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That’s What’s Up | Music | Salt Lake Metropolis


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On Saturday, April 2, The Beehive (666 S. State) supplied up a three-band invoice referred to as Fool’s Fest. The opening band, Sunfish, was a gaggle made up of youthful musicians—”younger” as in “not long removed from high school.” Because of this, the viewers was younger too, together with lots of child siblings that hardly cracked the designation of “tween.” (Possibly the night time’s prime spotlight was seeing a five- or six-year-old breaking into an impromptu dance, set to no music, simply moments after our arrival. That was basic.)

There have been lots of teenagers nonetheless shuffling across the dance ground because the night time’s second band, Munnin, have been sound checking. The Provo band’s not considerably older than Sunfish, as two of the members are in faculty and two have simply graduated, with BYU the group’s location of origin. With tiger stripes painted on their faces, Cobra Kai-style headbands and universally brief haircuts, the band seems a bit like a household band from the ’80s, although this younger crew’s unrelated, save for his or her shared love of rock’n’roll.

Munnin is made up of songwriter Josh Bird on vocals; Dave Long on drums and vocals; Joe Carson on bass; and Hunter Harmon on guitar. Augmented by Bird’s backing tracks, the band mixes-and-matches influences. Their first monitor of the night time, “Snake,” confirmed a transparent affect of Rage Against the Machine, a band that Munnin’s coated. But inside a track or two, it was apparent that there was not one set system that they have been working from. At instances, the group brings some severe ’80s power, as in the event that they’re channeling Oingo Boingo. At different instances, there’s an early 2000s really feel with pop punk and emo on the clear heart of issues. And there’s gotta be point out of their cowl of “What’s Up?” by 4 Non Blondes, which had the gang in full sing-along mode.

It’s a monitor that Bird says has been a part of the band’s reside repertoire for just a few years now. “We would experiment with covers, things that were more rock’n’roll,” says Bird, a day after the present. “I heard ‘What’s Up?’ one day and decided to make our own version of it, see how weird we could make it. We tried it out, made a little backing track and have been playing it ever since. People like to jump around and scream the words. It’s been an unexpected hit with our fans.”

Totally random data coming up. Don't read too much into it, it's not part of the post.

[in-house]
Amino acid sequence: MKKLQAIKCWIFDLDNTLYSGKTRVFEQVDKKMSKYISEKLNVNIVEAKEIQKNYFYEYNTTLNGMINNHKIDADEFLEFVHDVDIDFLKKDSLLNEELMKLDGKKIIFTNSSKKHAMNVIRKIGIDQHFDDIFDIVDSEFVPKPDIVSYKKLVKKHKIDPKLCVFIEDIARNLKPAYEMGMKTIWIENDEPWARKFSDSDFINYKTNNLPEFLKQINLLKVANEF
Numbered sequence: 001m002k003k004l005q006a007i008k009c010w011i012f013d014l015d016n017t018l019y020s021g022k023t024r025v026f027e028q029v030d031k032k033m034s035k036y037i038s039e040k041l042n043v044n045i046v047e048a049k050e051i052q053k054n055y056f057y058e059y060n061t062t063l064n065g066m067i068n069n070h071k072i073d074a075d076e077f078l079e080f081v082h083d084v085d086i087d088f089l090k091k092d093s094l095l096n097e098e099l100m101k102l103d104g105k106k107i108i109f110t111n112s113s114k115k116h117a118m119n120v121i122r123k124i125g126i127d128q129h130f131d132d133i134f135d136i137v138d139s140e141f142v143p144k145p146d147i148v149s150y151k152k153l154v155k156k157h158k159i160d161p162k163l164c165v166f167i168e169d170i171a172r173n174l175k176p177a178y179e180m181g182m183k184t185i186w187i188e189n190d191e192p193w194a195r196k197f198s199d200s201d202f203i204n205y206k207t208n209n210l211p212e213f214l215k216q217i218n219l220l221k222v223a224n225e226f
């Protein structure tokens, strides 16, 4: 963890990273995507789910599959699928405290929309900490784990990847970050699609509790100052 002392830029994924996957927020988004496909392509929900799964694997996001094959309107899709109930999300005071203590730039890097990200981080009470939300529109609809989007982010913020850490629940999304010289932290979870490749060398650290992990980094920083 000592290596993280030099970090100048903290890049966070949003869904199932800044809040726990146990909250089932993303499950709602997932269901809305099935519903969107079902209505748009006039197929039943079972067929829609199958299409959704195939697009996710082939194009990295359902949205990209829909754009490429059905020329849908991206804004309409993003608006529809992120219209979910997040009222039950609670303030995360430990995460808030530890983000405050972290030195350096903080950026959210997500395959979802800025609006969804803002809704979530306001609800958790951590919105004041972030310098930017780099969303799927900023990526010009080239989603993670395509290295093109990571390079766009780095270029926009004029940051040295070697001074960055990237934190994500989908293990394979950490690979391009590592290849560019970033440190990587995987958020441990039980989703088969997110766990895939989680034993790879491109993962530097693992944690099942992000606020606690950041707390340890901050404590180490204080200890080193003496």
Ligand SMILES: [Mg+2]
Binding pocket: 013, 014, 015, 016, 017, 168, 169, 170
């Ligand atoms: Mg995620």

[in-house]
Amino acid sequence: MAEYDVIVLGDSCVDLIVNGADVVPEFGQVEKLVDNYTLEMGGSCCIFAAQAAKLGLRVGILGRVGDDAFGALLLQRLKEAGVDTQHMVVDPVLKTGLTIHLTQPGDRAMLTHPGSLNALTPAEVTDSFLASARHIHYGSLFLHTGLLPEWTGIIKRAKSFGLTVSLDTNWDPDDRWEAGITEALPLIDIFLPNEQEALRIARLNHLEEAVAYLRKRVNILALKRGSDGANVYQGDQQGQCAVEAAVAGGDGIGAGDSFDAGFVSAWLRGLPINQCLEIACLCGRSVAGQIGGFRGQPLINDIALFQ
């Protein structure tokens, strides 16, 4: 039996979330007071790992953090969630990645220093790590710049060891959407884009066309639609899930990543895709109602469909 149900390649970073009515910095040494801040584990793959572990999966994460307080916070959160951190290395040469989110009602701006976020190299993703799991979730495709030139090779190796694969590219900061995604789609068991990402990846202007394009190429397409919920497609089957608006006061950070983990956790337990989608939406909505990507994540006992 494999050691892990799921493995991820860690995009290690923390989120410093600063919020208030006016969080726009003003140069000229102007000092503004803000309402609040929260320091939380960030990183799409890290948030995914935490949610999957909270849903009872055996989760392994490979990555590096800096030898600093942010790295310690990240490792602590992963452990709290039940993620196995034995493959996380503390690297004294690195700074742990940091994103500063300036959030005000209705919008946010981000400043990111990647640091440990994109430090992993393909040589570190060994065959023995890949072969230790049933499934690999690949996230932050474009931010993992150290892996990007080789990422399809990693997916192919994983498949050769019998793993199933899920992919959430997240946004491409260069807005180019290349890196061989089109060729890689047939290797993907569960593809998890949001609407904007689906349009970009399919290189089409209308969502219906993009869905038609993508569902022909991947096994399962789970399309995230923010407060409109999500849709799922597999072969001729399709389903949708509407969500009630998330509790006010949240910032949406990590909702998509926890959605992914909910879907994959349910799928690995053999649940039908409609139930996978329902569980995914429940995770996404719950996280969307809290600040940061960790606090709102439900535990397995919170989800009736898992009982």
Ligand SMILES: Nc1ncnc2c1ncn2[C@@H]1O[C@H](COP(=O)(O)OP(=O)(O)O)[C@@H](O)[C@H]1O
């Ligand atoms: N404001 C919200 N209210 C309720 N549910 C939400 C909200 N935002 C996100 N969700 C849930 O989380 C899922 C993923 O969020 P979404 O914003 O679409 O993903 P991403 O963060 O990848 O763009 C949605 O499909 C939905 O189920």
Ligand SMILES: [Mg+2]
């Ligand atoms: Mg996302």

The “jump around” a part of this should not be glossed over. Bird has a particular charisma on stage; he is dedicated to his act, and would not thoughts being a bit goofy to “break through the ice” of an viewers’s hesitation. For this gig, perhaps 50 or 60 individuals have been within the room, throughout an enormous age spectrum. About 35 or 40 of them have been proper in entrance of the stage, and when Bird requested them to come back nearer to the stage, they did. When he requested them to leap round, they did. When he requested them to sing, they did.

This Fool’s Fest present was initially set to be the primary present at Hangar House, however that room turned out to be not but prepared for the gig; it then moved into a brief interval of being an outside present in Provo, earlier than noise points nixed that concept. Less than two weeks earlier than the gig, The Beehive picked it up, and with the entire modifications, the gang for Munnin was comparatively small. Despite that, Bird performed to the room as if it have been full, scooting across the stage, partaking the viewers in toasts of bottled water, hopping off stage into the pit for dance-alongs.

This viewers, with its teenagers and middle-agers, too, was an odd one. But he owned it. Maybe that is as a result of the group’s been touring a bit, with reveals in California and Idaho. Or, perhaps it is simply how they roll.

“I like to make music from the idea or message that you should do whatever you want, that life is short and you shouldn’t be so in your head that you don’t enjoy the moment,” Bird says. “We want to create a family in the room. We like it to be crazy. Like, really fun crazy, not hurt each other crazy. We want the room to be a community, to have camaraderie. That’s why we start off with that song ‘Snake.’ It’s an explosive first moment, there to get everyone out of their shell. And once that shell’s cracked, you can get anyone to go along with anything.”

It’s inconceivable to say this for certain, however when Munnin performed The Beehive they have been probably having extra enjoyable than any band on the town that night time. And when a band’s working at that degree, it isn’t arduous to have some enjoyable with them.

Munnin’s newest single, “Eat Worms,” is at the moment out there on Spotify.




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